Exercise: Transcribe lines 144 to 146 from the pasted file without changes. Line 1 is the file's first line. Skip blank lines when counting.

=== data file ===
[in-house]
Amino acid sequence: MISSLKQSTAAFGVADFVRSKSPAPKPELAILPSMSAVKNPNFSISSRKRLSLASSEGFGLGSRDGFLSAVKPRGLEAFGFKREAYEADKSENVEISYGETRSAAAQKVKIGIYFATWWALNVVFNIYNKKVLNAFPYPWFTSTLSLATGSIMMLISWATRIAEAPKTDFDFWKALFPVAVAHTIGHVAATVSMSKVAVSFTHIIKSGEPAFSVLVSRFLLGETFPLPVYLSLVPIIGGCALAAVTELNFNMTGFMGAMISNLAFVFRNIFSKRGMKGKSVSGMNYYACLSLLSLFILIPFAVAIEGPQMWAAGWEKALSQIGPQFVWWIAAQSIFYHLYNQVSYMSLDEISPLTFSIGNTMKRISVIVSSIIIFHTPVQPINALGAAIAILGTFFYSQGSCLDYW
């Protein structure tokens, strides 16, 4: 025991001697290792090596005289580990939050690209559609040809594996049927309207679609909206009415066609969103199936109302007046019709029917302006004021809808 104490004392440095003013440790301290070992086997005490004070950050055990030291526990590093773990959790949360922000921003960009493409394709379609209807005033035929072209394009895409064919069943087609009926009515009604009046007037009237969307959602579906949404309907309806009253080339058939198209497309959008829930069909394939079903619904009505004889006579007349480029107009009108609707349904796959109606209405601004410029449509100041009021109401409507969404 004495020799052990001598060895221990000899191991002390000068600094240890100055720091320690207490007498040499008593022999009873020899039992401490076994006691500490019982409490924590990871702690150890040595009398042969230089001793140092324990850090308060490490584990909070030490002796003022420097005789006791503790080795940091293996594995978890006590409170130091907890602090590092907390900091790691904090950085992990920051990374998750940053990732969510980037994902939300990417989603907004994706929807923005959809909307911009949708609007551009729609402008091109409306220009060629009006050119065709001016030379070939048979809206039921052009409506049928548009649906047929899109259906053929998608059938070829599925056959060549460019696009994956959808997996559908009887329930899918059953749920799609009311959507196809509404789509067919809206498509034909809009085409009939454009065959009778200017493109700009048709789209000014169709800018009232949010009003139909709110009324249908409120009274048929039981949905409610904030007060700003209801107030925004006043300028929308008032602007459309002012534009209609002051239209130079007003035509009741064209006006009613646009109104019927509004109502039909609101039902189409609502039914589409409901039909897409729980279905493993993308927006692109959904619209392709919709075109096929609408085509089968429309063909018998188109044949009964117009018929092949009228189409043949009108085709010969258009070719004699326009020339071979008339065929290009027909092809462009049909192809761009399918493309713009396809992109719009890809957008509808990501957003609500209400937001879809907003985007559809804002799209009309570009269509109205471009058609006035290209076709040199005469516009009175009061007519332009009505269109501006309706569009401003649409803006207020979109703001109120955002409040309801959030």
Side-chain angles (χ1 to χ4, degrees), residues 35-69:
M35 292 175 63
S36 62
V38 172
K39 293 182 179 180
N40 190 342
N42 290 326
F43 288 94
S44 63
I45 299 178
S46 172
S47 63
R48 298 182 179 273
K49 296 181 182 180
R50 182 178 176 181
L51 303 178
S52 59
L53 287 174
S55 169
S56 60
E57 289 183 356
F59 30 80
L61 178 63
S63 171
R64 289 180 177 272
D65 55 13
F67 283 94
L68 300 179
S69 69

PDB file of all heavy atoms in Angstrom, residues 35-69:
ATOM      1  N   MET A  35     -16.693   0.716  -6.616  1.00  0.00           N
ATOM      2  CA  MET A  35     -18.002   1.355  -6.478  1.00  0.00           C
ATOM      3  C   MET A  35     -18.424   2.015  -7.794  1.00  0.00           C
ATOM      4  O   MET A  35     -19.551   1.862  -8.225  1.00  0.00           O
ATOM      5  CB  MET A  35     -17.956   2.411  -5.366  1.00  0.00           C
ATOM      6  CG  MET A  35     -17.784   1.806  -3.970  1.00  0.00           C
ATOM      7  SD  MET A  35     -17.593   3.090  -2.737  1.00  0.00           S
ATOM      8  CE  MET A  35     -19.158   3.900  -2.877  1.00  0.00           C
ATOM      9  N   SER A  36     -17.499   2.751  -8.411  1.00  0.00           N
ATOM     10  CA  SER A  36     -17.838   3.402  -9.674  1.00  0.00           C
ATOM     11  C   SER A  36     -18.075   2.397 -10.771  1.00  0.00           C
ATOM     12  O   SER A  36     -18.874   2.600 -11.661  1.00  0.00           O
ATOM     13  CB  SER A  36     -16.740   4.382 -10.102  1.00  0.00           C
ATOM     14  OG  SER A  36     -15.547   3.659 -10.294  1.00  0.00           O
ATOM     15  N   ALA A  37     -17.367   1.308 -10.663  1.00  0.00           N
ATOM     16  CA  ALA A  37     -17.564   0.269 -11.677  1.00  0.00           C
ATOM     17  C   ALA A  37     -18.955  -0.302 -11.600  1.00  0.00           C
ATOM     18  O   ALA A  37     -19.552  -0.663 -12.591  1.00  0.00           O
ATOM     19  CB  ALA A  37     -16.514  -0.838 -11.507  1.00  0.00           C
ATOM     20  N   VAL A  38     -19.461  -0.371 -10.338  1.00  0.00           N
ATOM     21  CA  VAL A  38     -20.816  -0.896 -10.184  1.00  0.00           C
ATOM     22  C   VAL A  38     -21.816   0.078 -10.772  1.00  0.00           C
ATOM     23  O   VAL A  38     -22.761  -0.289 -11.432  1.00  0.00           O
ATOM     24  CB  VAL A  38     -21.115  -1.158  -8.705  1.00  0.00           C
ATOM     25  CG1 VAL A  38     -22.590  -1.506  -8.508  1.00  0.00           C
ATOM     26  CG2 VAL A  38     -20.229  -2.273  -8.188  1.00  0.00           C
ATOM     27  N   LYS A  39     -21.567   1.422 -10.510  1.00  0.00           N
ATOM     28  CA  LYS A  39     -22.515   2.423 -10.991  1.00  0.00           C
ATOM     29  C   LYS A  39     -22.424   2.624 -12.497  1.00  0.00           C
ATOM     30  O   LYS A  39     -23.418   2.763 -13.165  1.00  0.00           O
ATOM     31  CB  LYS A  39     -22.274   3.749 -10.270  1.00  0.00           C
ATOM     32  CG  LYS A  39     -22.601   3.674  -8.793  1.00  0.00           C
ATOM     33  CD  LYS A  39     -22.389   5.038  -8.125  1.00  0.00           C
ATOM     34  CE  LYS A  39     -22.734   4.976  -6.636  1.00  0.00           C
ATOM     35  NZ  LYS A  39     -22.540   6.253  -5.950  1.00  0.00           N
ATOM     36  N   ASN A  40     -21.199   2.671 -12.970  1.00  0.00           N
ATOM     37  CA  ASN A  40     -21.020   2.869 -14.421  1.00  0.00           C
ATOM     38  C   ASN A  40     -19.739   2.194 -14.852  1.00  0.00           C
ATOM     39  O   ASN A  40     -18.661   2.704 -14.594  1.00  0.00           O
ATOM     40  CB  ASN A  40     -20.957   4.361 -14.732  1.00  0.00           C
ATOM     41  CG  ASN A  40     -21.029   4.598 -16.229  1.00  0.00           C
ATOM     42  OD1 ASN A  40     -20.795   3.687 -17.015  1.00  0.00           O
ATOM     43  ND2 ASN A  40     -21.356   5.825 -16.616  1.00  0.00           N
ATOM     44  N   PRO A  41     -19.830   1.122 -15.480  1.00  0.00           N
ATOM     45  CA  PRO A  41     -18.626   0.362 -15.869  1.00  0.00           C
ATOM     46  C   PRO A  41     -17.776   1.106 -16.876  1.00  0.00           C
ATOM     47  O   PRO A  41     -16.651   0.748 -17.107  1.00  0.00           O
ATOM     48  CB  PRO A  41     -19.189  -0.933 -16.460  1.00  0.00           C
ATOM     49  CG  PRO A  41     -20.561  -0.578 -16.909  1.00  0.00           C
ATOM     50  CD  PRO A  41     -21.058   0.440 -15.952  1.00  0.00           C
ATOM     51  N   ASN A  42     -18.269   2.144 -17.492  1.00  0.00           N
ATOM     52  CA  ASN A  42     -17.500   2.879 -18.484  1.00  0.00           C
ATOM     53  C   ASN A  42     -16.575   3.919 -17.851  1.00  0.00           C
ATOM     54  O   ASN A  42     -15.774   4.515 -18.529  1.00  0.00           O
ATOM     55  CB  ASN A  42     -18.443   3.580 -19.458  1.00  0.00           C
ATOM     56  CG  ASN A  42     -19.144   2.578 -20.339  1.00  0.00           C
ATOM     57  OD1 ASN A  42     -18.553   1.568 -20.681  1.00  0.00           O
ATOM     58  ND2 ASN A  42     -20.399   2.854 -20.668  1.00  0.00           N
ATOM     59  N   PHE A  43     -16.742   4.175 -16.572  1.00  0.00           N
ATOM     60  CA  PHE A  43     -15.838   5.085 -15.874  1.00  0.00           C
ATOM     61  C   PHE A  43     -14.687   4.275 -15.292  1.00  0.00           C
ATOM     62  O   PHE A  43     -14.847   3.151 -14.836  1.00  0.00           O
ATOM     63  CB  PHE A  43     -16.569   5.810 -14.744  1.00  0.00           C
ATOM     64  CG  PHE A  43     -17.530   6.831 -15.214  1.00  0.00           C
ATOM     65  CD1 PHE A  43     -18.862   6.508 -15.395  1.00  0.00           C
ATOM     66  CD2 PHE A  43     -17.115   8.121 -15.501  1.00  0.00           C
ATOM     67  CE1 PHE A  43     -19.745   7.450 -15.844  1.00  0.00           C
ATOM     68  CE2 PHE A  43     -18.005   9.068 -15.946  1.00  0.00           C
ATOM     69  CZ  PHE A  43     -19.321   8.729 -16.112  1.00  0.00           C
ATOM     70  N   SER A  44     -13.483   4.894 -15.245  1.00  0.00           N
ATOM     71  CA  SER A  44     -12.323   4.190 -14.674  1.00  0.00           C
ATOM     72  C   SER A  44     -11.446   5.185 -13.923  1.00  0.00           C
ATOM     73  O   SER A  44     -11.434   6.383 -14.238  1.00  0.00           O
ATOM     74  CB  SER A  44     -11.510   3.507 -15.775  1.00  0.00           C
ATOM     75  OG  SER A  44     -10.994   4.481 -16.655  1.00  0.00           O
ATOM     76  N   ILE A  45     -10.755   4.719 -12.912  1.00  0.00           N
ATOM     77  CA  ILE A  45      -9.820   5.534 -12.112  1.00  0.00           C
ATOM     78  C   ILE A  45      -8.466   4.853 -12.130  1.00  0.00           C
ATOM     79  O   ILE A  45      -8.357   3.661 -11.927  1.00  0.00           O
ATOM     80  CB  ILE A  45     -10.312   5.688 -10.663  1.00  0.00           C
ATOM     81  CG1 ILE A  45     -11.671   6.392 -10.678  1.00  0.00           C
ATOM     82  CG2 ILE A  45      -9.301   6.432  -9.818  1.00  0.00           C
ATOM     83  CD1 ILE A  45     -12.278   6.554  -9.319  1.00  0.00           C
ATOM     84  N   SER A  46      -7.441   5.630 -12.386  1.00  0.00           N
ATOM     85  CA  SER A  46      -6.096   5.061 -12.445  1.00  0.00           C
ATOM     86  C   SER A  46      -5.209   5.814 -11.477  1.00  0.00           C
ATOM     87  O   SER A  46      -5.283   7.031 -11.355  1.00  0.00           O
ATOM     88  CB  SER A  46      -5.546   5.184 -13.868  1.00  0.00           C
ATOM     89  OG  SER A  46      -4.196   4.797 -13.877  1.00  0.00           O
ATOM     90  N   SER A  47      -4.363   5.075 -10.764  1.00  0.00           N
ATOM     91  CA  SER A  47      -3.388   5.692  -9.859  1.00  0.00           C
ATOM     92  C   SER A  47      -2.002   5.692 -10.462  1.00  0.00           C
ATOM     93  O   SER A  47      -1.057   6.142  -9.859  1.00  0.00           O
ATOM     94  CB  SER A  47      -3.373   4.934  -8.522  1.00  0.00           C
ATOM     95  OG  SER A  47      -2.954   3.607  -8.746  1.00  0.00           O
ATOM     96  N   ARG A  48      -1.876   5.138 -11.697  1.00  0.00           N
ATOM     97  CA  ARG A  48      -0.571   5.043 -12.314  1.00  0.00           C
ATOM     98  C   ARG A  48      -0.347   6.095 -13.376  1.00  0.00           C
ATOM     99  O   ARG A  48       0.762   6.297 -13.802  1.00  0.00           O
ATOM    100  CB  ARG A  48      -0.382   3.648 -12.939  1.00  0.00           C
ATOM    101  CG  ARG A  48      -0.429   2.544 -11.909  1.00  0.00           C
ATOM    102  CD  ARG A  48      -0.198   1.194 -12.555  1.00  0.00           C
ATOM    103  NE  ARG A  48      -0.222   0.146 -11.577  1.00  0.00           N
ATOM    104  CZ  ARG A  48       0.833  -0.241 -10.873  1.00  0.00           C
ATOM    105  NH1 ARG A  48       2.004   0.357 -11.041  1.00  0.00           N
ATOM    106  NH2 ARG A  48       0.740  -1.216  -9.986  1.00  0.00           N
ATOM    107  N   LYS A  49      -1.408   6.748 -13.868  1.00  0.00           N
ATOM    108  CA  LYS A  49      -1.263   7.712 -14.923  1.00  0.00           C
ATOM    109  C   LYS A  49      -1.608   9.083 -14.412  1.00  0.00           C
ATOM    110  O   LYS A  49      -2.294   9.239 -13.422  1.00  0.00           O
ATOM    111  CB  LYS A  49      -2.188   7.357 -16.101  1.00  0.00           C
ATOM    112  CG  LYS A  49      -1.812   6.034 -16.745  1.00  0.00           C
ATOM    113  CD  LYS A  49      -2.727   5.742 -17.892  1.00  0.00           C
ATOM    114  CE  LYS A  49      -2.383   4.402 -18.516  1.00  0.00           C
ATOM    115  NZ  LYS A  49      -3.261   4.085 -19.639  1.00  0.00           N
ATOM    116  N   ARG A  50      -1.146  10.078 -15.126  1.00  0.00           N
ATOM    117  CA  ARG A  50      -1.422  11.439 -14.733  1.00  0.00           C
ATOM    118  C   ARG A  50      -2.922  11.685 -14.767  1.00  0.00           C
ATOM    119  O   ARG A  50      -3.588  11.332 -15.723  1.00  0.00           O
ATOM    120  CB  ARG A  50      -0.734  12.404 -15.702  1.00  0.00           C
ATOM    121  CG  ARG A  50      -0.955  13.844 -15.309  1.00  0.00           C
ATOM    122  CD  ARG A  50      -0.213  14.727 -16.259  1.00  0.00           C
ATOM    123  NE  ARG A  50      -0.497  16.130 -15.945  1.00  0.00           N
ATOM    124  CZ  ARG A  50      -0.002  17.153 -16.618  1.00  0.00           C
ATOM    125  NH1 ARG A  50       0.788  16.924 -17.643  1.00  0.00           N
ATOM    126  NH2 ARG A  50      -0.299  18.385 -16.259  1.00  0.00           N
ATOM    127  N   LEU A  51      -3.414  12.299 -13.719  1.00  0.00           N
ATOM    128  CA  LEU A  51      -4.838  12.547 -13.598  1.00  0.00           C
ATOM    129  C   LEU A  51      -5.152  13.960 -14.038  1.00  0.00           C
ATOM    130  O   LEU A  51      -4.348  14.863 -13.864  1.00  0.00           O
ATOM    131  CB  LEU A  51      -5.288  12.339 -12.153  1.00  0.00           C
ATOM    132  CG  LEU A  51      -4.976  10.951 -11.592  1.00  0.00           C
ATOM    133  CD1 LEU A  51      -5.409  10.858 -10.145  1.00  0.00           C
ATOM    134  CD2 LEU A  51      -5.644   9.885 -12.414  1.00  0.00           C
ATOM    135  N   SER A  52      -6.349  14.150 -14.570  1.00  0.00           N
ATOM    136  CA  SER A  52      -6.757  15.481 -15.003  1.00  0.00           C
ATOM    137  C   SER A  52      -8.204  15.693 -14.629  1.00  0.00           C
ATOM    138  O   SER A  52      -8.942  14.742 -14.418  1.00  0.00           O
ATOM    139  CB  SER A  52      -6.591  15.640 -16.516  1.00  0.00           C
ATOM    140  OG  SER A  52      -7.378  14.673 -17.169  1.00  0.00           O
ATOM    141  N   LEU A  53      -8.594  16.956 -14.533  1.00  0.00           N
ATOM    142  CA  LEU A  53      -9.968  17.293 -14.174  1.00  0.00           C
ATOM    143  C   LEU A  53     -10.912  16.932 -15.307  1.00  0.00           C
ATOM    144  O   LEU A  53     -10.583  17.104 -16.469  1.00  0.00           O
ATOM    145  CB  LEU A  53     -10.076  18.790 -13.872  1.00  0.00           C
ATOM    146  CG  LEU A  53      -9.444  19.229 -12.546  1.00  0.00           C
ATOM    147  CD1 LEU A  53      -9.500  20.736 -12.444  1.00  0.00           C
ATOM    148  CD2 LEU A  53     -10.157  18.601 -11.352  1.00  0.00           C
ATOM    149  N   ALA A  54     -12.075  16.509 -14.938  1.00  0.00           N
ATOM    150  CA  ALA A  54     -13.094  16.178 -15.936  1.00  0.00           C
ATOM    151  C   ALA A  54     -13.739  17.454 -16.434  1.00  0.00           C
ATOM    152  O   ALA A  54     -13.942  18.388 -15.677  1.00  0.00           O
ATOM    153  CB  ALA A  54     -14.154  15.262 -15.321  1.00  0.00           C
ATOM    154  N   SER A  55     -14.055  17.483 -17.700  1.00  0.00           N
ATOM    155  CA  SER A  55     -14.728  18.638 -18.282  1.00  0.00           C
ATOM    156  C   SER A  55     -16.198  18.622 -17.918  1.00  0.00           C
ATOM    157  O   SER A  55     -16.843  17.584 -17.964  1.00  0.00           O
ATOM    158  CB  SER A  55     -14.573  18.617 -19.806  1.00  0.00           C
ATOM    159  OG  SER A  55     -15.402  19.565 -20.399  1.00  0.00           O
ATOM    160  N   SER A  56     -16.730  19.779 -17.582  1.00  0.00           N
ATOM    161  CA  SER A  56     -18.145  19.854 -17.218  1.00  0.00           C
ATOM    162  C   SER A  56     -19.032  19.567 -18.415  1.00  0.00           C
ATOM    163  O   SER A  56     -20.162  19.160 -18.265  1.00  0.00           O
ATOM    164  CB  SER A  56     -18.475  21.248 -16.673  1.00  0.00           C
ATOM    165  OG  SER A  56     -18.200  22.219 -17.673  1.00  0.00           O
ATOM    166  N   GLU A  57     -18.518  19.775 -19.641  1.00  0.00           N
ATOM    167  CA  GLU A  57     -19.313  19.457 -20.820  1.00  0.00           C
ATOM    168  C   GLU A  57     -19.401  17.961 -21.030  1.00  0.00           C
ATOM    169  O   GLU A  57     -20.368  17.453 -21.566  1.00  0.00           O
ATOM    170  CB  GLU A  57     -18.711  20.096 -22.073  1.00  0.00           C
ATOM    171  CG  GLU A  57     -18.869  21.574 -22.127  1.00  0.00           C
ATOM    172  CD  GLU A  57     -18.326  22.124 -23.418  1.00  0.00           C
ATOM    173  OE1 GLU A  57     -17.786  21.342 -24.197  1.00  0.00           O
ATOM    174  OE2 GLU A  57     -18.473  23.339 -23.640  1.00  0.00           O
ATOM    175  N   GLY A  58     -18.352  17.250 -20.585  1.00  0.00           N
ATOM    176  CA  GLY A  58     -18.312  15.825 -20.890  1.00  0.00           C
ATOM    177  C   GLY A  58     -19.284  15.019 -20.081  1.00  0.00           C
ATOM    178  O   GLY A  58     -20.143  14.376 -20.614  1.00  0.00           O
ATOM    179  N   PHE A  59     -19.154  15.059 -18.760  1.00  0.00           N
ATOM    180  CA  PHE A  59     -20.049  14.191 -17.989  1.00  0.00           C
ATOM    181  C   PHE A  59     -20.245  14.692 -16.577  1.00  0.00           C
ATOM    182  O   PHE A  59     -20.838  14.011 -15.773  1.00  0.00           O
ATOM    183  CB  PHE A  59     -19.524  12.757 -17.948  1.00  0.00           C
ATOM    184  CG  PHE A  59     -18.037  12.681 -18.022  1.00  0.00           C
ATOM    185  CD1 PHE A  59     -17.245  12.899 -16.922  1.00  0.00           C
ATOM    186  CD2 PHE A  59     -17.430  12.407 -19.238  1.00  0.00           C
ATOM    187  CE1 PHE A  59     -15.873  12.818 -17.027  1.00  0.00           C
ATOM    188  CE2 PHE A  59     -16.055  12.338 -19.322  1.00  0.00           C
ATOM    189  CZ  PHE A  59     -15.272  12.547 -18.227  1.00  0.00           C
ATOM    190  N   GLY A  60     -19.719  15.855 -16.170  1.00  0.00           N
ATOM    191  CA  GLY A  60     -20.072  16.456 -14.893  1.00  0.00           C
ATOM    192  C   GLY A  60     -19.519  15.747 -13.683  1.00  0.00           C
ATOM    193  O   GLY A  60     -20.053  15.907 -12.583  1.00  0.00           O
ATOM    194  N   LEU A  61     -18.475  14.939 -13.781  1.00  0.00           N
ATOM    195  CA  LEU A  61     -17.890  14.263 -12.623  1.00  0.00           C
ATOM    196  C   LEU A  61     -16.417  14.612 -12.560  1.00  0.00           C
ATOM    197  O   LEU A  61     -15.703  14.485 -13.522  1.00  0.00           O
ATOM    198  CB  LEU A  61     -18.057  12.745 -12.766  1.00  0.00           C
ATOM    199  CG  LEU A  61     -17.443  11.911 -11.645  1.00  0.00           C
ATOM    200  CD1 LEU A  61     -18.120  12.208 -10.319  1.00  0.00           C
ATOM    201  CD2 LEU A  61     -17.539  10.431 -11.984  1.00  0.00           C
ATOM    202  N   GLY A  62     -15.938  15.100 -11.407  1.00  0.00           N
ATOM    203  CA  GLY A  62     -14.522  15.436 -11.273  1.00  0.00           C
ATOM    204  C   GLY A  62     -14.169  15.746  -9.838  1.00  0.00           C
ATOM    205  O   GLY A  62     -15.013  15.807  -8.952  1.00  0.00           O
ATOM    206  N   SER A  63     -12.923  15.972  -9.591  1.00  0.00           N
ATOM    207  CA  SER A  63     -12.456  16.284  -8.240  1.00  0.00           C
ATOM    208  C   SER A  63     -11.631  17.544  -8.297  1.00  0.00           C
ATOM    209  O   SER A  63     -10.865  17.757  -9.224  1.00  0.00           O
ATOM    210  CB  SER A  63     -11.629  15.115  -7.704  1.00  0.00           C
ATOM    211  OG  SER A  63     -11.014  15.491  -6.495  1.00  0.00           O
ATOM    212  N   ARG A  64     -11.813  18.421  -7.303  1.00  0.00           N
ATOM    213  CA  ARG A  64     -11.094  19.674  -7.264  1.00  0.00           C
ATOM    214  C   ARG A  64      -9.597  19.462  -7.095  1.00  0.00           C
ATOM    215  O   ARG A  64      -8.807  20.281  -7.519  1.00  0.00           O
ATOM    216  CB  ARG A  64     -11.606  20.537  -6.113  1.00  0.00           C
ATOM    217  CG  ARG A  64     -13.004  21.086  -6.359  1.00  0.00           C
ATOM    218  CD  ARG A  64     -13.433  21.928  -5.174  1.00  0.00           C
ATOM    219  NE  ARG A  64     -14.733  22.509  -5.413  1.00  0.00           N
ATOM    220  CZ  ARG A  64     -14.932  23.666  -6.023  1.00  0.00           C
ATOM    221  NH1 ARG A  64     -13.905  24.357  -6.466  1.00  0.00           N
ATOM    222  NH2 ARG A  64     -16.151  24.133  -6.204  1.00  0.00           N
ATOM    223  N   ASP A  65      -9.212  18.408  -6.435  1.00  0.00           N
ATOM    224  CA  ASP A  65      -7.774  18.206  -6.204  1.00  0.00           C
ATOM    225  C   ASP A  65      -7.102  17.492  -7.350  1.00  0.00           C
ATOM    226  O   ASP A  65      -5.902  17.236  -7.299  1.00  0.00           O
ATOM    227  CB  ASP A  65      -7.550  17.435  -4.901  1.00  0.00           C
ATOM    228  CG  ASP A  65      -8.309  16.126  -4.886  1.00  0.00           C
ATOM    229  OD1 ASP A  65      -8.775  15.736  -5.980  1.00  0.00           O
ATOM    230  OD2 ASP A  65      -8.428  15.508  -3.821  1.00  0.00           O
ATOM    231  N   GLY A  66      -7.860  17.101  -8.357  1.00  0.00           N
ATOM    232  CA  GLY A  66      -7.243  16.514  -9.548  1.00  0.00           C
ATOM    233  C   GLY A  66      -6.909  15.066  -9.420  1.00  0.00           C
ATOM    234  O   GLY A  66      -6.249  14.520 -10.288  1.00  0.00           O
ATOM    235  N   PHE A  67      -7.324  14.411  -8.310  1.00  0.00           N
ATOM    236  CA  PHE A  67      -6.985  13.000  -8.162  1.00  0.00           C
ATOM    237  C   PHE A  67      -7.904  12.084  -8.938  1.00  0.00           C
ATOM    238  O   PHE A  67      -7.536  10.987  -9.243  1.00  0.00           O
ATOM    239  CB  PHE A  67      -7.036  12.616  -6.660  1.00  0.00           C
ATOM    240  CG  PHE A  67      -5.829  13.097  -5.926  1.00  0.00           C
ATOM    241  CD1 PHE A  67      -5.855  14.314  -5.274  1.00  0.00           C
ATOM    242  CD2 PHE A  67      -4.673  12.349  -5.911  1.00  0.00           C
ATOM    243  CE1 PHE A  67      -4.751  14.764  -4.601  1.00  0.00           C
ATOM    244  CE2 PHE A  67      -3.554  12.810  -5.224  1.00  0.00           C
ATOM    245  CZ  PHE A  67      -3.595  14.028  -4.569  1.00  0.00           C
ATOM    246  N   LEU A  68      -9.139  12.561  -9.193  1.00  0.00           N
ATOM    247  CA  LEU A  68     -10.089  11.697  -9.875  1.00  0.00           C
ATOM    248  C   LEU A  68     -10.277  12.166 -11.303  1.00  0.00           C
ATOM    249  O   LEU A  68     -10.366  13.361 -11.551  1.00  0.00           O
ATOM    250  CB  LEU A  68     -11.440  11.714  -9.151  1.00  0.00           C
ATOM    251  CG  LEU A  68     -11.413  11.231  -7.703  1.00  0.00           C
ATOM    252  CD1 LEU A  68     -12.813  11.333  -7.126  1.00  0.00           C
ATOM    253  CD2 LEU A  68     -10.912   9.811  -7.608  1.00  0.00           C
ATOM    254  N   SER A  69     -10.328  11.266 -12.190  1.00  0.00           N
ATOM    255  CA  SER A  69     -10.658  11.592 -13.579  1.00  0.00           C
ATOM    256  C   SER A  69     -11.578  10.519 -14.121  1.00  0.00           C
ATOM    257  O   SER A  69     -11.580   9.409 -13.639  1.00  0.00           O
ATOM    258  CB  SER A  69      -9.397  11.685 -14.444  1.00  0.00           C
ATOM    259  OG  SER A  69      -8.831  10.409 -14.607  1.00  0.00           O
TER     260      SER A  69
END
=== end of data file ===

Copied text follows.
ATOM    111  CB  LYS A  49      -2.188   7.357 -16.101  1.00  0.00           C
ATOM    112  CG  LYS A  49      -1.812   6.034 -16.745  1.00  0.00           C
ATOM    113  CD  LYS A  49      -2.727   5.742 -17.892  1.00  0.00           C